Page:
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Monday, September 15, 2014

Permutable Spaces

By Shaheena  Javeri Mistry
Photography: courtesy the architects

versatile room interior by Ruetemple architects, Moscow
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Ruetemple architects, Alexander Kudimov and Daria Butahina design a compact world for a brother-sister duo, with transformable and dynamic recreational areas, while the work areas remain anchored.

Designing a 33 sq. m. room for siblings,  the  architects display their ability to understand and provide a space that nurtures creativity in children by providing them with an environment of openness, eagerness and above all, devoid of pre-conceptions.

versatile room interior by Ruetemple architects, Moscow
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versatile room interior by Ruetemple architects, Moscow
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The study area here remains fixed, with ample storage and a relaxing seat by the window sill, but the recreational area consists of 3 mobile, versatile cube modules, that can lock into each other as a single unit or be moved around and arranged in various permutations and combinations to form a living room, a cozy chill-out room (room within a room), or a bedroom with one or two beds for the siblings.

versatile room interior by Ruetemple architects, Moscow
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This cube-transformer allows children to maximize their play, work and relaxation with numerous transformations, creatively shifting the interior space to form custom configurations in an otherwise conventionally fixed-in-place design element.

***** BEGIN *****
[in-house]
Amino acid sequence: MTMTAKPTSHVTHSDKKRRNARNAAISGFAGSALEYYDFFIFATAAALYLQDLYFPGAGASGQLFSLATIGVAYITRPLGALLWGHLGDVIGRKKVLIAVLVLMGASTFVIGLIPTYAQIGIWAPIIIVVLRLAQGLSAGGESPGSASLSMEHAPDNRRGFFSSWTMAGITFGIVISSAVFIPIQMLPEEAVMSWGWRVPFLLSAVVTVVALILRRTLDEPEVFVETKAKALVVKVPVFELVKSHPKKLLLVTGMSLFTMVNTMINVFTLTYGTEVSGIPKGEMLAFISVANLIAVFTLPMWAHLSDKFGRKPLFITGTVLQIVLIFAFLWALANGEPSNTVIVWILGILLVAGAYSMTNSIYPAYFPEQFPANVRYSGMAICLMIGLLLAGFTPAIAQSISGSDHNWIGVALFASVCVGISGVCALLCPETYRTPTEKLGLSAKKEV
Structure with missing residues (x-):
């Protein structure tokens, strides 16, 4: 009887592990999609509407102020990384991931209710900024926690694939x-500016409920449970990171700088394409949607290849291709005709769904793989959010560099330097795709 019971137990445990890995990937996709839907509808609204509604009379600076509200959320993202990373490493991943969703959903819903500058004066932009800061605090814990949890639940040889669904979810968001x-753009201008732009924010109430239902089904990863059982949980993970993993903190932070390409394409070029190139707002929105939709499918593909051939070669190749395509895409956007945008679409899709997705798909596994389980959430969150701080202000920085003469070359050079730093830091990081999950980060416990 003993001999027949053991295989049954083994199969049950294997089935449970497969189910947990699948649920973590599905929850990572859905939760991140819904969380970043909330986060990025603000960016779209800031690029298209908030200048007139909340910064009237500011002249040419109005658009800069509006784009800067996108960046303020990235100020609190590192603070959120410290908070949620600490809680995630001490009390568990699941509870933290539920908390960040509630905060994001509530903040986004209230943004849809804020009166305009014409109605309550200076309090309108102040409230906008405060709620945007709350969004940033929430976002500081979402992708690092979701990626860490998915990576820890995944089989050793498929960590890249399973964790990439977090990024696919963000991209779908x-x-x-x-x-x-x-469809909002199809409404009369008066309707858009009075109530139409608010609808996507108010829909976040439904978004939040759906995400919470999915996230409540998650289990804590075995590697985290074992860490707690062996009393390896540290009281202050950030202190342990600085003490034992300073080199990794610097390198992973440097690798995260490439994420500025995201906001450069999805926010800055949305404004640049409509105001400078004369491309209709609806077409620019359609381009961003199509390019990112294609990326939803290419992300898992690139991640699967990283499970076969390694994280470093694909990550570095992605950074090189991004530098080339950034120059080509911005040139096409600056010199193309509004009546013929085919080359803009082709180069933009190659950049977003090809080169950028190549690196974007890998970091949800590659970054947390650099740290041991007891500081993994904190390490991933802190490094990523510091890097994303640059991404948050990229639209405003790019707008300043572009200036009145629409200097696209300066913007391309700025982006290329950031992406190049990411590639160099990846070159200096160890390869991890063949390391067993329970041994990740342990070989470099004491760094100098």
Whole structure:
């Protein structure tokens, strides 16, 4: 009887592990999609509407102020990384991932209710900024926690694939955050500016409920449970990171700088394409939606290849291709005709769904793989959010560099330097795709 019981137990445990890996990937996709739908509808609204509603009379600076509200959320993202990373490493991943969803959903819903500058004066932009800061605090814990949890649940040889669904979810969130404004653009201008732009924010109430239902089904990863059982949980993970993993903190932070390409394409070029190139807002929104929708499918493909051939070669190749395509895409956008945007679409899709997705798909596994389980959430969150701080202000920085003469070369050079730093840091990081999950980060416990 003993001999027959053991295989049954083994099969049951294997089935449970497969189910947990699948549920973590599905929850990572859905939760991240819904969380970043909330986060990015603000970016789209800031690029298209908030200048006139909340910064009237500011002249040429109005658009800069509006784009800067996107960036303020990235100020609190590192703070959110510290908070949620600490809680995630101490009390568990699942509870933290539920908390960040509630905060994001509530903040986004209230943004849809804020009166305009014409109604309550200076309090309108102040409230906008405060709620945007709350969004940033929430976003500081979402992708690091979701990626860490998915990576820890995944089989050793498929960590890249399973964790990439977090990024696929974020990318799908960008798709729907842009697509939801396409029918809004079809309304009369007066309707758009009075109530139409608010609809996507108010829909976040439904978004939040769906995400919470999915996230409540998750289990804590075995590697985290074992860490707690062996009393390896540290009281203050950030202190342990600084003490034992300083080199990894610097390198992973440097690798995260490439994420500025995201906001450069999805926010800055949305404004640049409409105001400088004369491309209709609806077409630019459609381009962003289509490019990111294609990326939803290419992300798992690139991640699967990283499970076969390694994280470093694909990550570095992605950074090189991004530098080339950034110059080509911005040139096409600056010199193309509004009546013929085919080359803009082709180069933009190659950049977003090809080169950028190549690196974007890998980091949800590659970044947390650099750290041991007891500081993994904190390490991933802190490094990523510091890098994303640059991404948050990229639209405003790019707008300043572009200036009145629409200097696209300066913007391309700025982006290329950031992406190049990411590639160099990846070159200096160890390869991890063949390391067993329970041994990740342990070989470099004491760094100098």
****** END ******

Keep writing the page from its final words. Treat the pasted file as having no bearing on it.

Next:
versatile room interior by Ruetemple architects, Moscow
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The bi-level design optimizes the use of space, adds character and designates different areas for different activities. Like, the cozy corner with a soft mattress provides rest and relaxation with a quiet and calm atmosphere, promotes reading and de-stressing, while the grid storage rack provides enough room to store books and playthings.

versatile room interior by Ruetemple architects, Moscow
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versatile room interior by Ruetemple architects, Moscow
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Also, structural elements like the beams have been used artistically to house hammocks, with skylights brightening up the space. The act of peering down from the hammock or looking up at the sky along with the freedom of  rearranging one’s furniture facilitates the element of intrigue, so natural with childhood.

Working with a neural palette, as with their other interior projects, the architects’ choice of light materials and colours accompanied by soft lighting makes this room gender friendly, and keeps the space simple and functional, yet interesting and inspiring.


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